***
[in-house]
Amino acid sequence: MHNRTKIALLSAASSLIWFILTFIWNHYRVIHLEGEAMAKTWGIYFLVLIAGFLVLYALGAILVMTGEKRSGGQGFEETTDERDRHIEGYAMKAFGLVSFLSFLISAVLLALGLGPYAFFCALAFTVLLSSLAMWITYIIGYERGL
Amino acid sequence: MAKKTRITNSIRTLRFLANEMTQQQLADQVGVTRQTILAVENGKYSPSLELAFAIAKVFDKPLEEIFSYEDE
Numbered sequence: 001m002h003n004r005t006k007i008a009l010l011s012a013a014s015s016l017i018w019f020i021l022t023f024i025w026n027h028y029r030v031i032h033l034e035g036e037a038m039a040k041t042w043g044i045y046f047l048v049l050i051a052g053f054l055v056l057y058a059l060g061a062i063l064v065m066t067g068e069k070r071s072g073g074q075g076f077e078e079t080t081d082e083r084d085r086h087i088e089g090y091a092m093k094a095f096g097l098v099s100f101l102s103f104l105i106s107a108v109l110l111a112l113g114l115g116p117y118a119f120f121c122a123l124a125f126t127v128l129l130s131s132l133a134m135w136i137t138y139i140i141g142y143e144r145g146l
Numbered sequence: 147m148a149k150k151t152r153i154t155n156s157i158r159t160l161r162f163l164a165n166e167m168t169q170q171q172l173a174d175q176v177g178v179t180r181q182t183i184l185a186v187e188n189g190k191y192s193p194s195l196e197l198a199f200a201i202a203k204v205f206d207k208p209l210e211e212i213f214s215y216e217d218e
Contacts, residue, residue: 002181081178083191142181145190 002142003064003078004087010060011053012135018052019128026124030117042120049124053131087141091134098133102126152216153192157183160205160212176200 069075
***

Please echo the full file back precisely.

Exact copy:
[in-house]
Amino acid sequence: MHNRTKIALLSAASSLIWFILTFIWNHYRVIHLEGEAMAKTWGIYFLVLIAGFLVLYALGAILVMTGEKRSGGQGFEETTDERDRHIEGYAMKAFGLVSFLSFLISAVLLALGLGPYAFFCALAFTVLLSSLAMWITYIIGYERGL
Amino acid sequence: MAKKTRITNSIRTLRFLANEMTQQQLADQVGVTRQTILAVENGKYSPSLELAFAIAKVFDKPLEEIFSYEDE
Numbered sequence: 001m002h003n004r005t006k007i008a009l010l011s012a013a014s015s016l017i018w019f020i021l022t023f024i025w026n027h028y029r030v031i032h033l034e035g036e037a038m039a040k041t042w043g044i045y046f047l048v049l050i051a052g053f054l055v056l057y058a059l060g061a062i063l064v065m066t067g068e069k070r071s072g073g074q075g076f077e078e079t080t081d082e083r084d085r086h087i088e089g090y091a092m093k094a095f096g097l098v099s100f101l102s103f104l105i106s107a108v109l110l111a112l113g114l115g116p117y118a119f120f121c122a123l124a125f126t127v128l129l130s131s132l133a134m135w136i137t138y139i140i141g142y143e144r145g146l
Numbered sequence: 147m148a149k150k151t152r153i154t155n156s157i158r159t160l161r162f163l164a165n166e167m168t169q170q171q172l173a174d175q176v177g178v179t180r181q182t183i184l185a186v187e188n189g190k191y192s193p194s195l196e197l198a199f200a201i202a203k204v205f206d207k208p209l210e211e212i213f214s215y216e217d218e
Contacts, residue, residue: 002181081178083191142181145190 002142003064003078004087010060011053012135018052019128026124030117042120049124053131087141091134098133102126152216153192157183160205160212176200 069075